Friday, 1 May 2009

Today's reading...and viewing

The disso challenge is to read and/or view relevant material for an hour a day, with a view to having at least one chapter - and possibly two - drafted by the end of the month.

The outline for the disso - as it stands and subject to revision - is:

Introduction – Before this decade is out

• The context for Kennedy’s speech, briefly covering the early space race
history and how the media had largely been responsible for creating a ‘space
race’ where Eisenhower clearly believed one did not, nor need not, exist.
• Media and the heroic myth – how the likes of ‘Life Magazine’ created an all
new breed of American superhero before any American rocket had cleared the
• How and why Kennedy reached for the moon - Johnson’s role in envisaging
Apollo, and how Khrushchev, Korolev and Gagarin upped the stakes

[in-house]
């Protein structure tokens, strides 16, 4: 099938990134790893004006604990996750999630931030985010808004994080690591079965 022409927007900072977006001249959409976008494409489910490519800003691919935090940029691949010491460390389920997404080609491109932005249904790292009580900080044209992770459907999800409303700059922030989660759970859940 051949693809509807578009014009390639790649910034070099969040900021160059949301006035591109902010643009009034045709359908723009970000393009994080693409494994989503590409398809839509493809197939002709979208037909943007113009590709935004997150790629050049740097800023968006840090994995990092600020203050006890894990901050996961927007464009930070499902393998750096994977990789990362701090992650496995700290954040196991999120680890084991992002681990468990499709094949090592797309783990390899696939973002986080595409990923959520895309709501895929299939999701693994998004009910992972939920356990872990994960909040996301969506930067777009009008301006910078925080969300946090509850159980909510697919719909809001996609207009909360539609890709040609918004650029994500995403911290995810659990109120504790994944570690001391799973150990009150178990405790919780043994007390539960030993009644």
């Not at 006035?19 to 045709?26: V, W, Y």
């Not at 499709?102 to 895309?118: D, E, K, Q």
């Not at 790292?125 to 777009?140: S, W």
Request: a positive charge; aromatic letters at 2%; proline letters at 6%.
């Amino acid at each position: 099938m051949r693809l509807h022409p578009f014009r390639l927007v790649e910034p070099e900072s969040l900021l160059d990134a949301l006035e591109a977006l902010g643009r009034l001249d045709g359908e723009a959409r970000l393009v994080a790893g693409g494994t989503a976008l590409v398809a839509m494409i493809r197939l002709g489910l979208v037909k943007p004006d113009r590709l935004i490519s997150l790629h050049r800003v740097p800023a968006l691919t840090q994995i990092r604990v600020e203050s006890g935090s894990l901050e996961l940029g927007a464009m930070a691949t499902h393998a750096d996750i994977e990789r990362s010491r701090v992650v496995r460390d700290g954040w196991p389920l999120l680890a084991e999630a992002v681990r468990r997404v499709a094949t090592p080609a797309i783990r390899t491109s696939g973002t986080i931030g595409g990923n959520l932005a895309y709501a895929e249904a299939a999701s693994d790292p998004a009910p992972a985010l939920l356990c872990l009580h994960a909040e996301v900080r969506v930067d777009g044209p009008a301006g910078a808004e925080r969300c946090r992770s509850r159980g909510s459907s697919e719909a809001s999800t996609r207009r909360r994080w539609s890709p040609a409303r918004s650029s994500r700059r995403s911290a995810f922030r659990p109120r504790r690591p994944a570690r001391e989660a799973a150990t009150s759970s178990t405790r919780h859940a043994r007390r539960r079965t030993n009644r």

Superpower aspirations – God speed John Glenn, and Leonov’s expanding suit

• Why the space race mattered
• How Johnson countered Khrushchev’s smoke and mirrors
• The polls and reaction at home
• The press and reaction abroad

Deviations on the road – Apollo 1 and the Soyuz disasters

• NASA and Public Affairs
• Coping with disaster
• Open v closed communication

Space in the televisual age – We come in peace for all mankind

• How television brought the moon closer
• Creating global wonder
• Projecting soft power through scientific logic and soothing words

Budgets, battles and pork belly politics – why the Moon fell out of favour

• The Vietnam effect and the domestic perils of ‘68
• Falling polls
• Apollo 13 and the uniting effect of disaster
• America v the media – the differing impact post Apollo 11 around the world.

Conclusions - only in America, only at this time

• Why the Apollo effect dissipated so quickly
• The dislocation of power – NASA and a mature media
• Could it ever happen again?

It makes sense to start at the beginning, so at 8am today I was watching 'Ordinary Supermen' from Discovery's NASA's Greatest Missions - When we left Earth series, and I've also been reading the opening chapters of Robert Divine's The Sputnik Challenge which is a pretty good read for what's essentially an academic history.

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